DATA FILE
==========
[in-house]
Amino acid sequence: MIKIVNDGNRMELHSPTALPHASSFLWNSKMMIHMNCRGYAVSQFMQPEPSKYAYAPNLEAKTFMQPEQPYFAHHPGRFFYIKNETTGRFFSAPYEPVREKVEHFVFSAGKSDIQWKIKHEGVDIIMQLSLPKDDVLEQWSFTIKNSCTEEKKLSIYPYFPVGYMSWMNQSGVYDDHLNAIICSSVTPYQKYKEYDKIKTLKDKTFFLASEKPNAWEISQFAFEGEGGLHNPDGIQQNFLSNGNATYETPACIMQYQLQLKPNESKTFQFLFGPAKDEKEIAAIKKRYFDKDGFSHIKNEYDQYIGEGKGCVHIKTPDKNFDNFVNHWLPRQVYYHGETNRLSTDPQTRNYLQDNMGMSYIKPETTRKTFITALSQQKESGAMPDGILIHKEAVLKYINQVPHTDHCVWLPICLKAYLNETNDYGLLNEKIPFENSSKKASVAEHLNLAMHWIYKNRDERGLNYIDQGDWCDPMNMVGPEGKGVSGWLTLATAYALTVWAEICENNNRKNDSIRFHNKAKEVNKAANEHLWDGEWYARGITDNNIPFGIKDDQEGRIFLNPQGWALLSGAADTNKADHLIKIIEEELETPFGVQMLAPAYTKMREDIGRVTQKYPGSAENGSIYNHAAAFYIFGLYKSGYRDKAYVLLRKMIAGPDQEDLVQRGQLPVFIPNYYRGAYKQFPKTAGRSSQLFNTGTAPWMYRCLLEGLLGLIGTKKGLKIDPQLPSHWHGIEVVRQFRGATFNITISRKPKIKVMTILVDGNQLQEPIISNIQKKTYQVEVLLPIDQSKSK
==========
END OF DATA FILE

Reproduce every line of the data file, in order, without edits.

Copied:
[in-house]
Amino acid sequence: MIKIVNDGNRMELHSPTALPHASSFLWNSKMMIHMNCRGYAVSQFMQPEPSKYAYAPNLEAKTFMQPEQPYFAHHPGRFFYIKNETTGRFFSAPYEPVREKVEHFVFSAGKSDIQWKIKHEGVDIIMQLSLPKDDVLEQWSFTIKNSCTEEKKLSIYPYFPVGYMSWMNQSGVYDDHLNAIICSSVTPYQKYKEYDKIKTLKDKTFFLASEKPNAWEISQFAFEGEGGLHNPDGIQQNFLSNGNATYETPACIMQYQLQLKPNESKTFQFLFGPAKDEKEIAAIKKRYFDKDGFSHIKNEYDQYIGEGKGCVHIKTPDKNFDNFVNHWLPRQVYYHGETNRLSTDPQTRNYLQDNMGMSYIKPETTRKTFITALSQQKESGAMPDGILIHKEAVLKYINQVPHTDHCVWLPICLKAYLNETNDYGLLNEKIPFENSSKKASVAEHLNLAMHWIYKNRDERGLNYIDQGDWCDPMNMVGPEGKGVSGWLTLATAYALTVWAEICENNNRKNDSIRFHNKAKEVNKAANEHLWDGEWYARGITDNNIPFGIKDDQEGRIFLNPQGWALLSGAADTNKADHLIKIIEEELETPFGVQMLAPAYTKMREDIGRVTQKYPGSAENGSIYNHAAAFYIFGLYKSGYRDKAYVLLRKMIAGPDQEDLVQRGQLPVFIPNYYRGAYKQFPKTAGRSSQLFNTGTAPWMYRCLLEGLLGLIGTKKGLKIDPQLPSHWHGIEVVRQFRGATFNITISRKPKIKVMTILVDGNQLQEPIISNIQKKTYQVEVLLPIDQSKSK